- Support Authentic Fair Trade
- Fair Trade links & resources
- Where can I purchase Fair Trade products?
… focusing on the importance of going local to reap the advantages of local economic transactions. (For example, about 45¢ of every dollar spent at a locally-owned business circulates within the community, compared to only about 15¢ if spent elsewhere.) This Going Local category includes the thoughts of local business owners, community members, and students in the articles.
In Going Local: Creating Self-Reliant Communities in a Global Age, Michael H. Shuman asserts (p. 50), “The key [to sustainable community] is to start with self-reliance and frame local business, labor, and environmental laws and policies around it.
Globalization, on the other hand, lacks all the positive qualities of going local!
(Is capitalism itself the problem? See Michael Carriere’s interview of Alex Knight.)
Community Land Trusts
Community land trusts are a way for a land owner or community group to preserve open space, prevent undesirable land uses, and/or provide affordable housing. Ownership of the land is often deeded to a nonprofit organization.
Corporate personhood is the notion that corporations are persons and therefore have rights, a notion that was strengthened by the 2010 Supreme Court decision in the matter of Citizens United.
Agriculture is at the root of the local economy and of viable, sustainable communities. It provides resources – food, fiber, and more – as well as productive work, community cohesion, opportunities for engagement, and stewardship responsibilities. In order to understand it’s importance in society, one must understand how agriculture works and what it effects and how it is effected.
by Rich Fegley It is estimated that the average American meal travels about 1500 miles to get from farm to plate. If our food is grown that far from where we live, it is safe to assume that a fair … more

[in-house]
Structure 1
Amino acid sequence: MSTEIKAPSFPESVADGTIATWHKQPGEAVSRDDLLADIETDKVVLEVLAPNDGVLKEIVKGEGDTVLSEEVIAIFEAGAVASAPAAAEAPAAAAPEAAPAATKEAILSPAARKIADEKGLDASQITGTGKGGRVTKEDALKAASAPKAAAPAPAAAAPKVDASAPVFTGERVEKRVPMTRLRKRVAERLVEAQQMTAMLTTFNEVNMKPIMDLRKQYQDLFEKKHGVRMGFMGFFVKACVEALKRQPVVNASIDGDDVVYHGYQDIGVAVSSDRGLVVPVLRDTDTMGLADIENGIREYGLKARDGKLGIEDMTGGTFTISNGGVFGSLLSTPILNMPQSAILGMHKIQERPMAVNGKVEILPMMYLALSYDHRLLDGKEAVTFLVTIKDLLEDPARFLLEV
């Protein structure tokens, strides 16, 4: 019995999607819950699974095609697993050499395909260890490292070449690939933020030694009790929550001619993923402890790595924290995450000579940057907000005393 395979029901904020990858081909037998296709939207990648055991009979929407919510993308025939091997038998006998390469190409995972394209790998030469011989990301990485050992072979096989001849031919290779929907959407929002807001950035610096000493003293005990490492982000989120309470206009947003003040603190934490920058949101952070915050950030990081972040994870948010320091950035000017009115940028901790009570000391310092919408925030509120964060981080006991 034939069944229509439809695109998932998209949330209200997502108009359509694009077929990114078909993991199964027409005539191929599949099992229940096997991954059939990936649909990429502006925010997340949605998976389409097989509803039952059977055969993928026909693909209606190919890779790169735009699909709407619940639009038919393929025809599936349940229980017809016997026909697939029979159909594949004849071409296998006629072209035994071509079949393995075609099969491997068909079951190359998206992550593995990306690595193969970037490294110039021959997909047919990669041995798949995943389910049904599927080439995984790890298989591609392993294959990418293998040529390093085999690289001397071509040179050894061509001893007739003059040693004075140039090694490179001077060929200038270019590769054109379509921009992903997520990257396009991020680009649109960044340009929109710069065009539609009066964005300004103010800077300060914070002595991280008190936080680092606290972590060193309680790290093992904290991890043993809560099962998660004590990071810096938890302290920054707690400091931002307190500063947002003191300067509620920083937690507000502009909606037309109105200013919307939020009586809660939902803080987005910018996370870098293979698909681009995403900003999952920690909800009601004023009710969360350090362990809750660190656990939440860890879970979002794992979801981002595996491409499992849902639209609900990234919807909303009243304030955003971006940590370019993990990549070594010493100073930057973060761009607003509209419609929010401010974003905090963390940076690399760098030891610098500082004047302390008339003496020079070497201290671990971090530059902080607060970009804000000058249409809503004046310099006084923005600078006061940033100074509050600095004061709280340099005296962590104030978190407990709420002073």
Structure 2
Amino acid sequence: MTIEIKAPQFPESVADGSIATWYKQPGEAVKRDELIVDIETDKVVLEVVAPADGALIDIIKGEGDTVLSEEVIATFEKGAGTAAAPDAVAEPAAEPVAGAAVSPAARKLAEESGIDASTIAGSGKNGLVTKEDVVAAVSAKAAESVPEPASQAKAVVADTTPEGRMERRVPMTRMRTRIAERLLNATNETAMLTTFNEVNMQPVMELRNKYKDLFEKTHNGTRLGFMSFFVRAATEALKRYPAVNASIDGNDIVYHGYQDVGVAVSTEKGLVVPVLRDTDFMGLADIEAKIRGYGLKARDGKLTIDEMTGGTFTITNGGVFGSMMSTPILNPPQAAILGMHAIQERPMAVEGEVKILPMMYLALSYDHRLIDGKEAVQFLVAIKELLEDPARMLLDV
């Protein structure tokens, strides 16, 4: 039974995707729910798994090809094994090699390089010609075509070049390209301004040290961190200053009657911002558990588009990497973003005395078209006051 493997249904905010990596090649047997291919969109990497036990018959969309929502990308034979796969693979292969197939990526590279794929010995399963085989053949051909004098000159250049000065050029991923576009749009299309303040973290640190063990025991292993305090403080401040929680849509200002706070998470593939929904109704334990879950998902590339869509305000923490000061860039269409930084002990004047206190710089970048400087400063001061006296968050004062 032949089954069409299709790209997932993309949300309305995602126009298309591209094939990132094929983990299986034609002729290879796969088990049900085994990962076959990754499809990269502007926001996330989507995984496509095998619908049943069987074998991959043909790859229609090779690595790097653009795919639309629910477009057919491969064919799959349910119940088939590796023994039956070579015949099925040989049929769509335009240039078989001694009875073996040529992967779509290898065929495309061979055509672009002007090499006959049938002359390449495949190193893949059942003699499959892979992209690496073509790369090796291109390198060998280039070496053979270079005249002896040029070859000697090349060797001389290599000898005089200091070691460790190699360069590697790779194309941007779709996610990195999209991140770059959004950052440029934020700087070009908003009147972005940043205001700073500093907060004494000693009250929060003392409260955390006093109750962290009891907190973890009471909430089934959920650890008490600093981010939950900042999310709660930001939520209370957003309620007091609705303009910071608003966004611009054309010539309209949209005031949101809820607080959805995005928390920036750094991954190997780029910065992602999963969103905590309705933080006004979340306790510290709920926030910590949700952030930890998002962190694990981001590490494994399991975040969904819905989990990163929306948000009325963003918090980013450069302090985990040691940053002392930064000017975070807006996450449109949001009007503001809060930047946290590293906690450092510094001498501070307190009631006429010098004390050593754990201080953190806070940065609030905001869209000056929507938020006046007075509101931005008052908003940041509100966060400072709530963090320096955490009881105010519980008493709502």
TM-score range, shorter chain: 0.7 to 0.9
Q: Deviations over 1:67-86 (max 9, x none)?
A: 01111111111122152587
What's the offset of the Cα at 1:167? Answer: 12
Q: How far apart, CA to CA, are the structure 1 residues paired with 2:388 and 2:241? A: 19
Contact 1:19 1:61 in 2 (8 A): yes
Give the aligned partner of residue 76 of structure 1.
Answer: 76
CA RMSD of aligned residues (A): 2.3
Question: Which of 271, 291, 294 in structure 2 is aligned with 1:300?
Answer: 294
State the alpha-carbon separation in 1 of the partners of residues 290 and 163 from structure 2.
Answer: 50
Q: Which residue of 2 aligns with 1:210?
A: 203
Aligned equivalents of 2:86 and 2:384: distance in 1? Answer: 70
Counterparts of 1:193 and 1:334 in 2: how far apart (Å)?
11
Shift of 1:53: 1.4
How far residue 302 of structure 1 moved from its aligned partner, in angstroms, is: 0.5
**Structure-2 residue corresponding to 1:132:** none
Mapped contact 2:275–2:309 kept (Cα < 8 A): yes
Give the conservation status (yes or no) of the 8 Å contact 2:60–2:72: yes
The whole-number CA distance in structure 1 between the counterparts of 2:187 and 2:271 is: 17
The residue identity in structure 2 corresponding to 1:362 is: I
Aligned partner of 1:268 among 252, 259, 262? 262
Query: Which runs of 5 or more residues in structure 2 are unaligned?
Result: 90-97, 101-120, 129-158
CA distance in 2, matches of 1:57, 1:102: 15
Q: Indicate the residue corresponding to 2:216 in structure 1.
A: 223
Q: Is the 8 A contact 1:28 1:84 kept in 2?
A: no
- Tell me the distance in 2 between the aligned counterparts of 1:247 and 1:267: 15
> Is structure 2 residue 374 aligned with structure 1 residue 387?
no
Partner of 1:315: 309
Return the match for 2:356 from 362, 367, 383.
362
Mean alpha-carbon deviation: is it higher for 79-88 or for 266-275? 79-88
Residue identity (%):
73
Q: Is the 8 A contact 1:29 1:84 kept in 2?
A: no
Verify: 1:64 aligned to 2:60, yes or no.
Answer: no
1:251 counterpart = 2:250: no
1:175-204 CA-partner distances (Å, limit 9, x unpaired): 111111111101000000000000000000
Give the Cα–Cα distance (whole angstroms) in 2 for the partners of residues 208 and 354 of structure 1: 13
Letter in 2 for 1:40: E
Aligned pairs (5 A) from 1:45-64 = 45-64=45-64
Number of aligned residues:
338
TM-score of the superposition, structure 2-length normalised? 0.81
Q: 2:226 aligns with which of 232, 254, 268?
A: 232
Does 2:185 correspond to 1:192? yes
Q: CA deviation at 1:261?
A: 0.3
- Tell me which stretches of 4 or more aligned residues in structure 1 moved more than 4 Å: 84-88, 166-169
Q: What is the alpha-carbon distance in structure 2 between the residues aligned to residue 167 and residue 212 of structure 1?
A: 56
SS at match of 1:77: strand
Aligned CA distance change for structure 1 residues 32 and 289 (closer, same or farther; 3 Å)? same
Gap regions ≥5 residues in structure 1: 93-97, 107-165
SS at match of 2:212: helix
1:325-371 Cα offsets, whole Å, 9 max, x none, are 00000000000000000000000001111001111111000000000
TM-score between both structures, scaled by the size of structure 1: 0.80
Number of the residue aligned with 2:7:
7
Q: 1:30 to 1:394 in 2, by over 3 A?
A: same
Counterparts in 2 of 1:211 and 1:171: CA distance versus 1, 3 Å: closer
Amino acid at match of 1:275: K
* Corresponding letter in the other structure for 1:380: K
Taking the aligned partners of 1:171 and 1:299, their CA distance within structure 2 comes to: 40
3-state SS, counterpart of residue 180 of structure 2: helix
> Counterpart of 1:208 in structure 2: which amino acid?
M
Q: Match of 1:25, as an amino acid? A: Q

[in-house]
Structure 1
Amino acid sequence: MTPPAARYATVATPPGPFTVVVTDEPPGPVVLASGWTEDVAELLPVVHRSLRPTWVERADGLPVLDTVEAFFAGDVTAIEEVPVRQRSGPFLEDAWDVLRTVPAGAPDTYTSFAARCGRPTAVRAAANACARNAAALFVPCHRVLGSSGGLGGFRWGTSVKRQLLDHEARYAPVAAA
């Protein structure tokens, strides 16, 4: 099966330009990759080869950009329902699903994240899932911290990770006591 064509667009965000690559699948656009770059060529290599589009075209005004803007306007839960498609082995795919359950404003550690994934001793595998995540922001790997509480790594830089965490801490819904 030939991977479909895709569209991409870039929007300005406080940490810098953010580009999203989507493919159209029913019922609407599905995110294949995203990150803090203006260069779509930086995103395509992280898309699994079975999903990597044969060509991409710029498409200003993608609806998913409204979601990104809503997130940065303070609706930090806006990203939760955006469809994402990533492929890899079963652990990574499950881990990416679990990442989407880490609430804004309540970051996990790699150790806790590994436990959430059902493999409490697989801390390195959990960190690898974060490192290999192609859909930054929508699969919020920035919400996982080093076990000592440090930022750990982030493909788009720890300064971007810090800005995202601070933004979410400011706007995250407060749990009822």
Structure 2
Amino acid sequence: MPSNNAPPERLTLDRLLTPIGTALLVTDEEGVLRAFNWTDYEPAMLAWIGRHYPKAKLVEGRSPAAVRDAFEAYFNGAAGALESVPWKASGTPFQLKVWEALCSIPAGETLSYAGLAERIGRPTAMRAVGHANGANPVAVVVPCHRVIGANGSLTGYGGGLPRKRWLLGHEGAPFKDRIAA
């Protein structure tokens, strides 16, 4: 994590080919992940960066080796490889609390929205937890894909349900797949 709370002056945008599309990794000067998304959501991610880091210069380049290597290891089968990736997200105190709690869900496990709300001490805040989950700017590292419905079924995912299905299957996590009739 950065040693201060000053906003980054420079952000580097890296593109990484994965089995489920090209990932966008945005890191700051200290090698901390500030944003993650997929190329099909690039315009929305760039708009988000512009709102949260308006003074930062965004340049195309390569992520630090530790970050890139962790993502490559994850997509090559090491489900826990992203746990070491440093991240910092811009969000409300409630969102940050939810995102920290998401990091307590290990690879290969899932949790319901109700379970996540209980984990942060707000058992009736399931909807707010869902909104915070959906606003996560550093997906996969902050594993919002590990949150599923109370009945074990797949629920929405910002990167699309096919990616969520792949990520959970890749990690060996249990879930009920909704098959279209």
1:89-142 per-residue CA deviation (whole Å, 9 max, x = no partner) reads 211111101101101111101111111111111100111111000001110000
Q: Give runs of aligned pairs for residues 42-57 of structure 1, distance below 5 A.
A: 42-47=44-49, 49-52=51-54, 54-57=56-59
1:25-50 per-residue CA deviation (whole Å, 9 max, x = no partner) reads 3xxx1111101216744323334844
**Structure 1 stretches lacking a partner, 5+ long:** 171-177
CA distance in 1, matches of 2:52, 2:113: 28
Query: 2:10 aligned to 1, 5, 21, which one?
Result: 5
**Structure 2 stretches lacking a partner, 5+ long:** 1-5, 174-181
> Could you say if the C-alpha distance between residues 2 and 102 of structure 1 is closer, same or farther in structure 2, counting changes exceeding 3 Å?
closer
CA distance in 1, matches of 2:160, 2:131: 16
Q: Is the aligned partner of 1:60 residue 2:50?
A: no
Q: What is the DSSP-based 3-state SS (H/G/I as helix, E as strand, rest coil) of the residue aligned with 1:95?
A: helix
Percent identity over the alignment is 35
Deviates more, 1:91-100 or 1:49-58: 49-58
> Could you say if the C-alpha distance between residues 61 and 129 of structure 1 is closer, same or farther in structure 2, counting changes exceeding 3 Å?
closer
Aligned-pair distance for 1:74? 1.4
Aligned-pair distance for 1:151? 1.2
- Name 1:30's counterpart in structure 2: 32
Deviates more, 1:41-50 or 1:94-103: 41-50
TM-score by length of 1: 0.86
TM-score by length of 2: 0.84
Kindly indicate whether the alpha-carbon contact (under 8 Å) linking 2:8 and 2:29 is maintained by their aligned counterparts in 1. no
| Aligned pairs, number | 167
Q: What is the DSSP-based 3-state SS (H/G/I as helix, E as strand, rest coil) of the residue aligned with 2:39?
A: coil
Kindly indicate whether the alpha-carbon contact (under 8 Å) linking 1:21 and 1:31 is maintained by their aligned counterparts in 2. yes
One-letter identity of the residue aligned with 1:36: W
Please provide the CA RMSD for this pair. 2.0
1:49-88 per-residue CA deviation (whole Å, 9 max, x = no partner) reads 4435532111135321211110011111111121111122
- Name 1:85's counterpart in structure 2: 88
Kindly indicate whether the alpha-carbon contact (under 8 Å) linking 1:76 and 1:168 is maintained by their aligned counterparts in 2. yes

by Lindsay Meiman As I was walking to class with a friend the other day, he casually asked me, “why do you care so much about sustainability?” I paused in my tracks, taken aback by the immensity of possible explanations … more
by Rebecca Canright As a student studying sustainability at Evergreen State College in Olympia, Washington, I am encouraged by the recent research that Paul Hawken and his colleagues have conducted on the 100 most effective solutions to global warming. The … more
by Emma Stierhoff Consumerism […] encourages both increased consumption and increased waste, resulting in environmental destruction. It was not until I began identifying as an environmentalist in high school that I started to question the constant pressure to buy more … more
Reliable sources for information on authentic Fair Trade NEW The History of Fair Trade Buying and Selling– Good recap of the history & principles of Fair Trade, plus several valuable links for more information. [January 2018] Reports & News Stories: … more
by Heidi Secord & Gary Bloss In a recent discussion with experienced direct market farmers we asked ourselves how we and the communities we serve can encourage the next generation of farmers; and how new and beginner farmers can identify … more
by Lindsay Meiman 2016 marked the hottest year on record, surpassing the previous title-holder of 2015, and 2014 before that. Communities around the world are already confronting climate impacts—from one in a thousand year floods and devastating droughts, to food … more
by Ce-Ce Gerlach The soul and very foundation of municipalities is not the buildings — it’s the people. Development should benefit everyone, not just a handful of the well connected and wealthy developers. It’s time that we shift away from … more